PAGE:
Skip to Main Content


The Yilgarn River, predecessor of the Swan River, was a major river during the Tertiary before uplift of the Yilgarn Craton and the Darling Range. Tectonic activity and climatic change associated with movement of the Australian Plate caused this river system to dry up, with the formation of riverine playa lakes in its abandoned channel. Study of: (1) saline lake sediments, (2) paleochannel deposits, and (3) older sedimentary formations, reveal the history of this change. The palynologic record within the river system shows that the most recent sediments were deposited in the present lake basins during the Quaternary. During Pliocene time, siliciclastic sediments and peat were deposited in the paleochannel system in the central part of the catchment. Other sediments vary in age from Pliocene to Miocene. The oldest sediments (Eocene) are preserved in crevices in uplifted areas of the Darling Range and at the base of paleochannels.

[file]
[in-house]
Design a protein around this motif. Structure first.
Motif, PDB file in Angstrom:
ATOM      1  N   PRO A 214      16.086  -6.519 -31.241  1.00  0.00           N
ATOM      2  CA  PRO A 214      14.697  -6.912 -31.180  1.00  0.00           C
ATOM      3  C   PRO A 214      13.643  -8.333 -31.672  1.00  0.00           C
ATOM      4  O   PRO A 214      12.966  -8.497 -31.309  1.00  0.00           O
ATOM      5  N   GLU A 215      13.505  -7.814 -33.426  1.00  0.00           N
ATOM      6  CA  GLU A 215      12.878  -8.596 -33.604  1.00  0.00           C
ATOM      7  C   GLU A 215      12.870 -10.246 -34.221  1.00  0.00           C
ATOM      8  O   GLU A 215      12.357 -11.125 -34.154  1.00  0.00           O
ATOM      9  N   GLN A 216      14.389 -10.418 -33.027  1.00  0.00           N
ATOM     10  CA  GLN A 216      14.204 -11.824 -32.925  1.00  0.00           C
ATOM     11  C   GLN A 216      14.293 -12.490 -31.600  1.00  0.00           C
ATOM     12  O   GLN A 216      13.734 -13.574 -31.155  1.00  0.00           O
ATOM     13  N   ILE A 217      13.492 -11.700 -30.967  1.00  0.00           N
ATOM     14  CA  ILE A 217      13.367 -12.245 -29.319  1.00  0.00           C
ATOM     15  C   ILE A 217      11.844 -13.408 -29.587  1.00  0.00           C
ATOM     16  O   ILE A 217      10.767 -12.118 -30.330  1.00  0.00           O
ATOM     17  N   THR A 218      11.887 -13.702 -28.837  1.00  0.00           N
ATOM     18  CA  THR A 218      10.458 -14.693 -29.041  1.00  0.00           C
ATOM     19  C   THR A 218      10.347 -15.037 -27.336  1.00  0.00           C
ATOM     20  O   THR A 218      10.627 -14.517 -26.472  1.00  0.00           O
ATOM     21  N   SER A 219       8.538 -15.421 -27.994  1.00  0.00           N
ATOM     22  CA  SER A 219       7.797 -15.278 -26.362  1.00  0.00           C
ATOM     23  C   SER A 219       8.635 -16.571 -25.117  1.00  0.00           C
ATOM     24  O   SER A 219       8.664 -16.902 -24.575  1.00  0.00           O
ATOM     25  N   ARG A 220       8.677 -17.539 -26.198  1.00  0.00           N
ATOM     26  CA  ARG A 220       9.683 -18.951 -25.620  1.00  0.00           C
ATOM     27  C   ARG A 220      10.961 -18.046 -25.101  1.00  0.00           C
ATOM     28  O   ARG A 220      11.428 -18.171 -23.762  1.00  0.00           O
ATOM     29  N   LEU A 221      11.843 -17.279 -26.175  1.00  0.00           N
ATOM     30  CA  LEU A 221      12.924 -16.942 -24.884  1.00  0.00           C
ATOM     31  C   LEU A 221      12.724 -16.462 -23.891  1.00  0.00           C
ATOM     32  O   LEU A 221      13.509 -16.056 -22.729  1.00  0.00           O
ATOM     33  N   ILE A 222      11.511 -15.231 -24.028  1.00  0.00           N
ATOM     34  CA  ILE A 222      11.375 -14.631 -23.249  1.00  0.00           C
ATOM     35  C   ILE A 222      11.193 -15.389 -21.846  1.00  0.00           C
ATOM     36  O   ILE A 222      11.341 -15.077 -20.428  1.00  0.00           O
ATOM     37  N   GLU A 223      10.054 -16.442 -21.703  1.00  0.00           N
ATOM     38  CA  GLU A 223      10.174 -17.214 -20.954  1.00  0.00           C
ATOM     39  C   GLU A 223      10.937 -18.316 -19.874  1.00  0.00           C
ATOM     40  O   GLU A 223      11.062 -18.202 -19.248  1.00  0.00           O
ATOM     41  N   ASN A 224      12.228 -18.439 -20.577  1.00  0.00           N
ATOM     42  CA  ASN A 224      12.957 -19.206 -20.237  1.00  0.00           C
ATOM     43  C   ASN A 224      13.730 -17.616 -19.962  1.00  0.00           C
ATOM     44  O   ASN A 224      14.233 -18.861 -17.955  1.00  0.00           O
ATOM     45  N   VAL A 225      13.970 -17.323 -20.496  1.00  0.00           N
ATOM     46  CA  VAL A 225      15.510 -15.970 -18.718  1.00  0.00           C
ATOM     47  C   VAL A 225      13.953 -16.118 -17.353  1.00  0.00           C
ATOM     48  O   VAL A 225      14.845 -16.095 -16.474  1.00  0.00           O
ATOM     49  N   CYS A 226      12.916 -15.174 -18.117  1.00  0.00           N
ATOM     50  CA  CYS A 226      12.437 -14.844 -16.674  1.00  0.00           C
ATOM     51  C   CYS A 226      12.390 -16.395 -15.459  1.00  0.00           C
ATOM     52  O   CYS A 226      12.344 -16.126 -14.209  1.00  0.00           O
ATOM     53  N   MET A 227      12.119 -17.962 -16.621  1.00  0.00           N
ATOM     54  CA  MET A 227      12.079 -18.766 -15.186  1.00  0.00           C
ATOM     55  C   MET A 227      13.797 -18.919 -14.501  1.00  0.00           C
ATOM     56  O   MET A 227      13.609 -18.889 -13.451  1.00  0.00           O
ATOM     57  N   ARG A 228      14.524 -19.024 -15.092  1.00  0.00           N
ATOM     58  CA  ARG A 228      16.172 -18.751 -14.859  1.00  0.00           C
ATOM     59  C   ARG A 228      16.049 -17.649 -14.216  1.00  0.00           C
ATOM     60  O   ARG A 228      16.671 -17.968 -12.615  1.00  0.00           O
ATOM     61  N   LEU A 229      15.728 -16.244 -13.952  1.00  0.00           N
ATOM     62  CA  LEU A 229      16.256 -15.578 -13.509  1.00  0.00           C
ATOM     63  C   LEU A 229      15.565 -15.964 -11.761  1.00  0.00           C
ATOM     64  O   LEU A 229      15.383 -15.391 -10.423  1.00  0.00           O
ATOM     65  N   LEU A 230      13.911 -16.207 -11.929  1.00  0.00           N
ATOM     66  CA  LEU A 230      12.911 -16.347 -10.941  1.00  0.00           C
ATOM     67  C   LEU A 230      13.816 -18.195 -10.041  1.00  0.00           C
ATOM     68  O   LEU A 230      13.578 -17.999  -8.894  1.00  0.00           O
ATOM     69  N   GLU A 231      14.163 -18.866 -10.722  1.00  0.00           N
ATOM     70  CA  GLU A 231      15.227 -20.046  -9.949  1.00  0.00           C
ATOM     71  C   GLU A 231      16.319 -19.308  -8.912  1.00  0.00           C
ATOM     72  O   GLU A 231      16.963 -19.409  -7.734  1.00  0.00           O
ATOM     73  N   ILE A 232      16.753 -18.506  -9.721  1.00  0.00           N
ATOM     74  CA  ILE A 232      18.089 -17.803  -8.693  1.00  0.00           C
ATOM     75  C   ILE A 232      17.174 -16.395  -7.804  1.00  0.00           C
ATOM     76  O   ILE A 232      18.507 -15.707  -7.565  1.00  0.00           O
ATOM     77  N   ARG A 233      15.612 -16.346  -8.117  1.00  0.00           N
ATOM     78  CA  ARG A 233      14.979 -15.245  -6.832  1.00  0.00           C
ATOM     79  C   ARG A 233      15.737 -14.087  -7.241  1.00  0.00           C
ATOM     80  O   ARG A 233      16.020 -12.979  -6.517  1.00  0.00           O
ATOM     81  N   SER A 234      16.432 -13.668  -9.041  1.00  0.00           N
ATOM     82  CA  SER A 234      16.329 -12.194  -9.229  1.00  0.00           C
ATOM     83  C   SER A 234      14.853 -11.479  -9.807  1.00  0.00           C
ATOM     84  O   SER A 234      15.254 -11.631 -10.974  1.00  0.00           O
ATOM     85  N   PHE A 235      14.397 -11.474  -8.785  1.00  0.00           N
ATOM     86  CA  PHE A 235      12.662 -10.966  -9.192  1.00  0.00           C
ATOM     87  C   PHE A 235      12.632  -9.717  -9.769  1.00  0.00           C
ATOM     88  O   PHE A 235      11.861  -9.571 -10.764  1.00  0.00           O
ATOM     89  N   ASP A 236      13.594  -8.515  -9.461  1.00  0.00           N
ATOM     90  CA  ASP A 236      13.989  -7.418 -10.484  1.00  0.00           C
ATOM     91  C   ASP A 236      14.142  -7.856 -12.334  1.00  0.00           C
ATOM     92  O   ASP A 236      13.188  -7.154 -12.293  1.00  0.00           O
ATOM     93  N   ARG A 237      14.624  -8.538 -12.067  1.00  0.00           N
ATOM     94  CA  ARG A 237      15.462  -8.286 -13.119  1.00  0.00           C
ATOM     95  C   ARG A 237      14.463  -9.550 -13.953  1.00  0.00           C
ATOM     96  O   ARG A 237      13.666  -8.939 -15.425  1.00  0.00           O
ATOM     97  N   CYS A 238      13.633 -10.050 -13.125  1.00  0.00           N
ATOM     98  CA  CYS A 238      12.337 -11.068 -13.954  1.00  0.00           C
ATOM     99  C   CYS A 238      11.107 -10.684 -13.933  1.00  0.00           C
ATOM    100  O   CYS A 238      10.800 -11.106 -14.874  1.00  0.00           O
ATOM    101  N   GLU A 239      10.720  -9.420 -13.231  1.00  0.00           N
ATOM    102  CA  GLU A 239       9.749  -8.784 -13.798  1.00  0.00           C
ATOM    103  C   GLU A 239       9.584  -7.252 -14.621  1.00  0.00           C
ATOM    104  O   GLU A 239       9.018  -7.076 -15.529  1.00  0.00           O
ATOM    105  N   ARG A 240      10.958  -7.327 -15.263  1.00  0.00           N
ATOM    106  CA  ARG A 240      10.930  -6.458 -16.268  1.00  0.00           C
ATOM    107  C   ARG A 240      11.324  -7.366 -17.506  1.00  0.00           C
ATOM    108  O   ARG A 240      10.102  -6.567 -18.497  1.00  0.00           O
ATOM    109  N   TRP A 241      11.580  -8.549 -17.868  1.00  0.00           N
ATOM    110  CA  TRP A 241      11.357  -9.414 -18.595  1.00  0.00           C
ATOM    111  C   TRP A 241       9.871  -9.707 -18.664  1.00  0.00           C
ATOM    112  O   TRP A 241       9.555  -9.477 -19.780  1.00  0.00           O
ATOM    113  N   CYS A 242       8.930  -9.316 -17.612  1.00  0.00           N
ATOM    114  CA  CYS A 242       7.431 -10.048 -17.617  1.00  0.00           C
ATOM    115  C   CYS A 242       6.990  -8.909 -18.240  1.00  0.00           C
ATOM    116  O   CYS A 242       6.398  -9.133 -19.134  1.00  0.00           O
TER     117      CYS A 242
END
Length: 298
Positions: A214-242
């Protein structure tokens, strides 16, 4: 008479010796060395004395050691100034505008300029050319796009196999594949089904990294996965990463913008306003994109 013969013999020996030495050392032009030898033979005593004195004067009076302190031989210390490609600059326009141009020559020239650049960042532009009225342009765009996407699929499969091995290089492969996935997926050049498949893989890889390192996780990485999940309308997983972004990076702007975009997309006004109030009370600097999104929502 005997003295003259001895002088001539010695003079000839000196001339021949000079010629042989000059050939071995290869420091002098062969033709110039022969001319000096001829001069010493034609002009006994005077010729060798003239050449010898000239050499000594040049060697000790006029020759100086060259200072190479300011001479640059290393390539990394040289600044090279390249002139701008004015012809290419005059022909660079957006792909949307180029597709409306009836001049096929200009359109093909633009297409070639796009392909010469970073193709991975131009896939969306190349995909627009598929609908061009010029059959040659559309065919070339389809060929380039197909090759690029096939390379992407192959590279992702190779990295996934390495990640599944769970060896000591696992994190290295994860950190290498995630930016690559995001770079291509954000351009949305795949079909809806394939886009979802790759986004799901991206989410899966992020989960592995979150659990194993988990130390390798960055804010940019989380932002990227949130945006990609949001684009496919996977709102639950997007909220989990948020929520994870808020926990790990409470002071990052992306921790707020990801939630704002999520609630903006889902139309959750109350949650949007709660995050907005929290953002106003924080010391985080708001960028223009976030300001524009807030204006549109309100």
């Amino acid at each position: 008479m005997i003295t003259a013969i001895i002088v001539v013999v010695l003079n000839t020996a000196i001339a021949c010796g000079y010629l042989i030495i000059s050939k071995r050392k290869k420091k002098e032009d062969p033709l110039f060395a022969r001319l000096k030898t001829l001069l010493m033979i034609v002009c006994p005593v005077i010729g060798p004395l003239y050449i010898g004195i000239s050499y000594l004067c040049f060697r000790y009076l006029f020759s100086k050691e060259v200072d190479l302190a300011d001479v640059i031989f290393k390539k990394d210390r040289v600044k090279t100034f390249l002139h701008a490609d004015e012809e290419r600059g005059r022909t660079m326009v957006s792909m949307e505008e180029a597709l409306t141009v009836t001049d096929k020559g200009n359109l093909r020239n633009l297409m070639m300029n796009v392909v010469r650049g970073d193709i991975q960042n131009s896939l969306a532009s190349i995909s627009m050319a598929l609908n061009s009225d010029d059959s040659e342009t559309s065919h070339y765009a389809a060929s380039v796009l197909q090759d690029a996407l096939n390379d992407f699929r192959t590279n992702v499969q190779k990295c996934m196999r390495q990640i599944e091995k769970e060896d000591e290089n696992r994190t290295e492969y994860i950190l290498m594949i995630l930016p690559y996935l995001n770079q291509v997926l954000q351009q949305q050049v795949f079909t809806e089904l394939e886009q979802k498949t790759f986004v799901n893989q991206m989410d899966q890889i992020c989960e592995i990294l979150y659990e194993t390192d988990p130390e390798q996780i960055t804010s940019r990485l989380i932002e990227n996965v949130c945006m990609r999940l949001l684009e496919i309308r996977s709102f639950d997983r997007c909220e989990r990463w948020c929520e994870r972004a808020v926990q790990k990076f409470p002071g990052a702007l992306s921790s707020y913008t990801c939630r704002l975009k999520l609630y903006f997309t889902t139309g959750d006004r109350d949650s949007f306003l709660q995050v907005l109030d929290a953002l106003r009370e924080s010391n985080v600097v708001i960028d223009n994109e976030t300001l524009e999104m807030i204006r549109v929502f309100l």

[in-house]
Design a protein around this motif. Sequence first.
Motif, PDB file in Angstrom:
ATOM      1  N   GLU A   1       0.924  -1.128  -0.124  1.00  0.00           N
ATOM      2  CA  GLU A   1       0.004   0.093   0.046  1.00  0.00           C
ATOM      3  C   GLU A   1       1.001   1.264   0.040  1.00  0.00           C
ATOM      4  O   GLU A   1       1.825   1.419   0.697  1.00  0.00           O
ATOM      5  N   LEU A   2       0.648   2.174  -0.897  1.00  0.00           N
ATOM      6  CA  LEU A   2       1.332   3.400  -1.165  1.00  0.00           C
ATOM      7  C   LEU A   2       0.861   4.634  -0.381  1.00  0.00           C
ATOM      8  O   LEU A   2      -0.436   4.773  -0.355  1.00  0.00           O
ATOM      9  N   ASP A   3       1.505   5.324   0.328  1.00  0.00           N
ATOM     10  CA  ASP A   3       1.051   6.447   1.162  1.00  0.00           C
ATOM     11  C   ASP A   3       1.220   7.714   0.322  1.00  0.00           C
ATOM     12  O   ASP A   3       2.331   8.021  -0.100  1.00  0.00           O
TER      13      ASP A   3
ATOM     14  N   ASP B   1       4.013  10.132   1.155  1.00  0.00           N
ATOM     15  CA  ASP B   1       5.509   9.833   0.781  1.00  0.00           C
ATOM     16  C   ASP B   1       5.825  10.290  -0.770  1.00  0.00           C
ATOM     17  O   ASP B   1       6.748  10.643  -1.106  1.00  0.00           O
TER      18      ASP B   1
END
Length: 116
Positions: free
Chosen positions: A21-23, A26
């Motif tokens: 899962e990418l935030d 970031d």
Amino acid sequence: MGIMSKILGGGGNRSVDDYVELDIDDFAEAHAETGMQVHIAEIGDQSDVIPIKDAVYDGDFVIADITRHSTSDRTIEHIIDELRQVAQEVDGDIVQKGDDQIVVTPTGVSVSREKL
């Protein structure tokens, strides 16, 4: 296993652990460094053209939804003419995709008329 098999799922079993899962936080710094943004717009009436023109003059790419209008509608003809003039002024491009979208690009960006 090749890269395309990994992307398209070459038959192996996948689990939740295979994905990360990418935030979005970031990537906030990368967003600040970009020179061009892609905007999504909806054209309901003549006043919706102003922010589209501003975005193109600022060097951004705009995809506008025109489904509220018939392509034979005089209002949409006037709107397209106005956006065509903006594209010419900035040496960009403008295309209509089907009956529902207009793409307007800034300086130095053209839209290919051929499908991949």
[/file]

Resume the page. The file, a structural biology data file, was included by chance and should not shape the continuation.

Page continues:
Saline lakes in the eastern part of the catchment are larger and contain more salt. Lake areas decrease westward and the amount of halite contained in these lakes decreases substantially. The surface of Lake Deborah is covered by a thick halite crust underlain by stratified lacustrine deposits of poorly consolidated salt, clay and sand with intercalated salt and gypsum. In Lake Deborah, prolonged arid periods occurred when no salt was added to the lake. For most of its history, the lake has remained a NaCl repository. Sodium chloride and other solutes are introduced by groundwater and surface inflow. Brine migration from the lake is minimal due to the presence of thick mudstone layers at the bottom of the sedimentary sequence and the build up of sand dunes during arid periods. This may explain why Lake Deborah is the most saline of the eastern lakes.

You do not currently have access to this chapter.

Figures & Tables





Citing Books via

Close Modal
This Feature Is Available To Subscribers Only

Sign In or Create an Account

Close Modal
Close Modal